What is a normal, everyday Christian capable of and expected to do in the kingdom of God, the church? I don’t think we define it concretely enough. Do they have to ingest one Christian book a month, study the Bible everyday devotionally (and intermittently, theologically), pray, be involved in “ministry” at their local “church building” community as well as outside the “church building” in their particular civic community, show up for church every Sunday, be involved in a small group, journal, etc?
What does it really mean to be a spiritually involved person? What does it mean to be an active participant in the expanding spiritual kingdom of God in this world? And particularly for the normal, everyday human being? How much stuff is too much? What is reasonable, sustainable, appropriate, etc? When are we supposed to just live and recognize God is entirely okay with that…actually more than okay than we think?
Perhaps our lives (normal and everyday as they are) are the labratory of God’s kingdom. Perhaps the daily decisions we make as God’s special people actually bring about his kind of kingdom (or world). Perhaps we shouldn’t lump a lot of really good, “spiritual” thing on people, but teach and instruct a viable “kingdom-living ethic”, modeled after the pattern of Jesus (who being in very nature God…). Maybe then we will truly be exercising God’s will on earth as it is in heaven.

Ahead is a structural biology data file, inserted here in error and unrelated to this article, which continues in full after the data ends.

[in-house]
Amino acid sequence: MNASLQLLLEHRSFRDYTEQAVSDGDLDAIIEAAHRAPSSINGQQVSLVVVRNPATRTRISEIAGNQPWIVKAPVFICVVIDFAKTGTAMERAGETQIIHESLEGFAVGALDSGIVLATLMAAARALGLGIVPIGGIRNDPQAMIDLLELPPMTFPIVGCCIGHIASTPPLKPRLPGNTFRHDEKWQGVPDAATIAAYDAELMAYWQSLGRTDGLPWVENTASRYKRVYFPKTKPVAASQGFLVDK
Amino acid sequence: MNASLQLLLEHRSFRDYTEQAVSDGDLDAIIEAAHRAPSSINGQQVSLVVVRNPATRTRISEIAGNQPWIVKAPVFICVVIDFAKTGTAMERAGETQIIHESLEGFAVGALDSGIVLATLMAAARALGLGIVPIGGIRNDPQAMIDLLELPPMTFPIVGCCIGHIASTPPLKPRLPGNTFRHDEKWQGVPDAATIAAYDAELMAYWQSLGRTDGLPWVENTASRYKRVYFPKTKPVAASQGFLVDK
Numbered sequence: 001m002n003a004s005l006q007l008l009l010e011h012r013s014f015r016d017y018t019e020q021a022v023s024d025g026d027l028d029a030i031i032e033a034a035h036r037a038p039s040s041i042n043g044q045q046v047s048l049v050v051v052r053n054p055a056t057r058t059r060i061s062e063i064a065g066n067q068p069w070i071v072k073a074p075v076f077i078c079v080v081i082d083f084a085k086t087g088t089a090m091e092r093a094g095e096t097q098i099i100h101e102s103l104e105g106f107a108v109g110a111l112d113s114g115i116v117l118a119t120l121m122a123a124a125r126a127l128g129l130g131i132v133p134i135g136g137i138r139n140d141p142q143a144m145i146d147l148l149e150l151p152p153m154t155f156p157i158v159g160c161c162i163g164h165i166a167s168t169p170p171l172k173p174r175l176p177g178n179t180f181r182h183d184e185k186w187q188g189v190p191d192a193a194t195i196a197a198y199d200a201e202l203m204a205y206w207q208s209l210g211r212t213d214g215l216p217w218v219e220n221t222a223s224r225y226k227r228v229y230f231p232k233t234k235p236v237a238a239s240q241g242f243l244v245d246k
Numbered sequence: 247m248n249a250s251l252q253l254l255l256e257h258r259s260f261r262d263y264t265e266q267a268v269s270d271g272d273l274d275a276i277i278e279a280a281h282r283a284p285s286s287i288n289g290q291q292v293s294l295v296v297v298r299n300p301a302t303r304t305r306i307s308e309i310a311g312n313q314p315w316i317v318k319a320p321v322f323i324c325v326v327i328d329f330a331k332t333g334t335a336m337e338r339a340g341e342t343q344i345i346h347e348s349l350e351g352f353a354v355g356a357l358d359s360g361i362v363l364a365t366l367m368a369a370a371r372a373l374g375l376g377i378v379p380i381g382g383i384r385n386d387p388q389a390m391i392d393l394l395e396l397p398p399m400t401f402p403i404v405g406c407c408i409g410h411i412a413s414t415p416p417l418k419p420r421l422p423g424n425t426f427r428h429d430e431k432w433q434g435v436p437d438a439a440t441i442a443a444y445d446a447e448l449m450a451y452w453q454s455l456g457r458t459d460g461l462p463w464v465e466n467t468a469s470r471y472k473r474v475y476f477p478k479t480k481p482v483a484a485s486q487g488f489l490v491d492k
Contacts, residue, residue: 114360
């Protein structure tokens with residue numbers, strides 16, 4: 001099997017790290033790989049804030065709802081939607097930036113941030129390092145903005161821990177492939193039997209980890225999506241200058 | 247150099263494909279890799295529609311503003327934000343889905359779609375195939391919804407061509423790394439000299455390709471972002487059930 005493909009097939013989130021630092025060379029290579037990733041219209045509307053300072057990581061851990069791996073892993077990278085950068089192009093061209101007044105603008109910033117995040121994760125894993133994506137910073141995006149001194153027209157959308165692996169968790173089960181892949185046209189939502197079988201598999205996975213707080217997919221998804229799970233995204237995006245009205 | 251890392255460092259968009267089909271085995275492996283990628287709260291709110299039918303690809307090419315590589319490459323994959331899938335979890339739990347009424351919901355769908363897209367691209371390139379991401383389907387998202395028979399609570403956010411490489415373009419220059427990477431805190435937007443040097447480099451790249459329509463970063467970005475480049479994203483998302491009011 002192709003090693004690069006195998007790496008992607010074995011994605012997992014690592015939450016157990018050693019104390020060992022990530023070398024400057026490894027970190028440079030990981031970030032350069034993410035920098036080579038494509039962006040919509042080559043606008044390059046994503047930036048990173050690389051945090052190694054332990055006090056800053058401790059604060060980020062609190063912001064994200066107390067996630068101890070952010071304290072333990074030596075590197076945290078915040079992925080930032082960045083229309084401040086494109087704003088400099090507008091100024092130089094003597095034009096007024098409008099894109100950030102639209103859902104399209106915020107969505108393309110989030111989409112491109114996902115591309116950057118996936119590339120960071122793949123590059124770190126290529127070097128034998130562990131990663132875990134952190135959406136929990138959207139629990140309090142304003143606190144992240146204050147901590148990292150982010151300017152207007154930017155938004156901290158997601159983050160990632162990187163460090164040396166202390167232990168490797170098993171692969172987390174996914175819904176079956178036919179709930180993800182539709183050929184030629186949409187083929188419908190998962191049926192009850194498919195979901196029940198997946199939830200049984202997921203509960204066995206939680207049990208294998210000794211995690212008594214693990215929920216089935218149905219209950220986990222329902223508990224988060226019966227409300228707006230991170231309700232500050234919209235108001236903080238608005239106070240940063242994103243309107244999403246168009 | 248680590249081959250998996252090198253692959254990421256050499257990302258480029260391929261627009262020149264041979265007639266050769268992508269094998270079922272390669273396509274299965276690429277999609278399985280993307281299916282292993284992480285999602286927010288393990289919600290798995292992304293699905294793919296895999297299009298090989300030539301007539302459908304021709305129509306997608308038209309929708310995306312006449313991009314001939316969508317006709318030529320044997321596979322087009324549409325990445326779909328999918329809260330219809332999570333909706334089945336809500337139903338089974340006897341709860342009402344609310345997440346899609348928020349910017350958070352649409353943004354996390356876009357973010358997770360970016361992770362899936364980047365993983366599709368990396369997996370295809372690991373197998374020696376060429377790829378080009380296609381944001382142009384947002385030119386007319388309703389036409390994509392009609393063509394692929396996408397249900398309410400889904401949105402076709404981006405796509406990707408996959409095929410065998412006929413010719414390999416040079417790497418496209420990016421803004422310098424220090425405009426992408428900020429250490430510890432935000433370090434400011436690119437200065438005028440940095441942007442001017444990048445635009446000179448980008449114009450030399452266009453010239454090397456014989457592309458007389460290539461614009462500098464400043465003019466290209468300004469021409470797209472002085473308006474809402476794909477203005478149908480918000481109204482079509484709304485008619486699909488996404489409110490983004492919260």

Pastors, in particular, seem to do a marvelous job living beyond what a normal, everyday person has the time (realistically) to handle. It’s not necessarily bad, it’s actually fairly good to be able to have the time to devote to the spiritual life in order to lead people through their spiritual lives… but I wonder if pastors are supposed to be modeling a “daily living, everyday/normal, kingdom ethic” as well? What are people “seeing” modeled in the normal, everyday life of their pastor?
I came across a video that describes what I’m wrestling with in this post. This video is actually a promo video for a curriculum, but the content the speaker discusses actually addresses some relevant things.